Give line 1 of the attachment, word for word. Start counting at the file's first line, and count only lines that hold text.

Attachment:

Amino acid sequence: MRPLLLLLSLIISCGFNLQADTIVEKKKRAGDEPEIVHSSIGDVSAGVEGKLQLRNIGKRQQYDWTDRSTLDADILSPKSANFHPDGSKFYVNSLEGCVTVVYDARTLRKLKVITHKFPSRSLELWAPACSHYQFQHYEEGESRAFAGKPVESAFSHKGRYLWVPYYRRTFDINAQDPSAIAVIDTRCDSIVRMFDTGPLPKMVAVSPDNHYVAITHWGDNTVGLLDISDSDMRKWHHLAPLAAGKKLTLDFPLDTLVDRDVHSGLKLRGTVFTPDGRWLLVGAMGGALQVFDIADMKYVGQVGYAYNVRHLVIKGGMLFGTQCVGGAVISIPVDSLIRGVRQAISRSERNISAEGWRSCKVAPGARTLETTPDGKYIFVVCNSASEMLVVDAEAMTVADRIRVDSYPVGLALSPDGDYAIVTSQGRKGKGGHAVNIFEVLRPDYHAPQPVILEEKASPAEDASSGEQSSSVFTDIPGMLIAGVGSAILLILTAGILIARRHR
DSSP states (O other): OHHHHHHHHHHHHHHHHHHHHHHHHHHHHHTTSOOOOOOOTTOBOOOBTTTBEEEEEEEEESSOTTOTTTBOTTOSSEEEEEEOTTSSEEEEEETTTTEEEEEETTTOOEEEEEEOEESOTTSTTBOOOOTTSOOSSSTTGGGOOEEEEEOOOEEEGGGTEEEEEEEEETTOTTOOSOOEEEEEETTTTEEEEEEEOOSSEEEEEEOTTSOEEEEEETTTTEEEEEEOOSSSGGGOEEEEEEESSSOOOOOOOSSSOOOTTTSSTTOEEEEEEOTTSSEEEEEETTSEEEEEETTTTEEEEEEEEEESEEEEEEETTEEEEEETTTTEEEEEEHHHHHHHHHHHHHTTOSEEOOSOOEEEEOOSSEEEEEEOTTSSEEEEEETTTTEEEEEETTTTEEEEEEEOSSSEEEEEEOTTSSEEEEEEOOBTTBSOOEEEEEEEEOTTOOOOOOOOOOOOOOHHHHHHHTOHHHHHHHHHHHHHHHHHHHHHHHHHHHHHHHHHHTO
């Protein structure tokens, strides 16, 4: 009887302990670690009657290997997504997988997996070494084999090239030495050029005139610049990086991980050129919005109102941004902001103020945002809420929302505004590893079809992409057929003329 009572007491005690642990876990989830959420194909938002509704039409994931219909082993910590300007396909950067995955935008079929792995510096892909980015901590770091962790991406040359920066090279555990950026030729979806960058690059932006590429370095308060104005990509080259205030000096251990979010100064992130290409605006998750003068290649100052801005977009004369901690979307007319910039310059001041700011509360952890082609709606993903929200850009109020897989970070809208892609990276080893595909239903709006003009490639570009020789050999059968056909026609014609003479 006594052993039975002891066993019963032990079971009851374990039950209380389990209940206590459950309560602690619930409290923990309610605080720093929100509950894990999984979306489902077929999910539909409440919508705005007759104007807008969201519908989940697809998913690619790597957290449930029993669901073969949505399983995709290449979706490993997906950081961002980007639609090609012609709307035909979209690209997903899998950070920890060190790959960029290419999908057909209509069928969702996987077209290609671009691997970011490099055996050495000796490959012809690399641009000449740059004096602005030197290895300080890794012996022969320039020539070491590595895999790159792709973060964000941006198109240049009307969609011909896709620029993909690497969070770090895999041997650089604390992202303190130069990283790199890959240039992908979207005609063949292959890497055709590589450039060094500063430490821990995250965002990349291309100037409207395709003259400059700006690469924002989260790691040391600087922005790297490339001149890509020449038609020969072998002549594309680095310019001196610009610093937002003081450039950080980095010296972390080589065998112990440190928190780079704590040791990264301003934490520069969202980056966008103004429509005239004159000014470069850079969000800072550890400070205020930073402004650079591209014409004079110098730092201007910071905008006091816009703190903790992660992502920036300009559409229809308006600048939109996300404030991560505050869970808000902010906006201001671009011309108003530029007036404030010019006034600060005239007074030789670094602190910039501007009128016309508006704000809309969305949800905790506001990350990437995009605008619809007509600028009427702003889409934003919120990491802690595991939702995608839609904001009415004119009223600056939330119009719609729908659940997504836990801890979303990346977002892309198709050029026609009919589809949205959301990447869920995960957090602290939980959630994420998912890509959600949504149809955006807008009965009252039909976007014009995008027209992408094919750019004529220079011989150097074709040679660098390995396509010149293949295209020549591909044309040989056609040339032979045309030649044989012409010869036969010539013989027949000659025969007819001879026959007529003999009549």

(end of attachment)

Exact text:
Amino acid sequence: MRPLLLLLSLIISCGFNLQADTIVEKKKRAGDEPEIVHSSIGDVSAGVEGKLQLRNIGKRQQYDWTDRSTLDADILSPKSANFHPDGSKFYVNSLEGCVTVVYDARTLRKLKVITHKFPSRSLELWAPACSHYQFQHYEEGESRAFAGKPVESAFSHKGRYLWVPYYRRTFDINAQDPSAIAVIDTRCDSIVRMFDTGPLPKMVAVSPDNHYVAITHWGDNTVGLLDISDSDMRKWHHLAPLAAGKKLTLDFPLDTLVDRDVHSGLKLRGTVFTPDGRWLLVGAMGGALQVFDIADMKYVGQVGYAYNVRHLVIKGGMLFGTQCVGGAVISIPVDSLIRGVRQAISRSERNISAEGWRSCKVAPGARTLETTPDGKYIFVVCNSASEMLVVDAEAMTVADRIRVDSYPVGLALSPDGDYAIVTSQGRKGKGGHAVNIFEVLRPDYHAPQPVILEEKASPAEDASSGEQSSSVFTDIPGMLIAGVGSAILLILTAGILIARRHR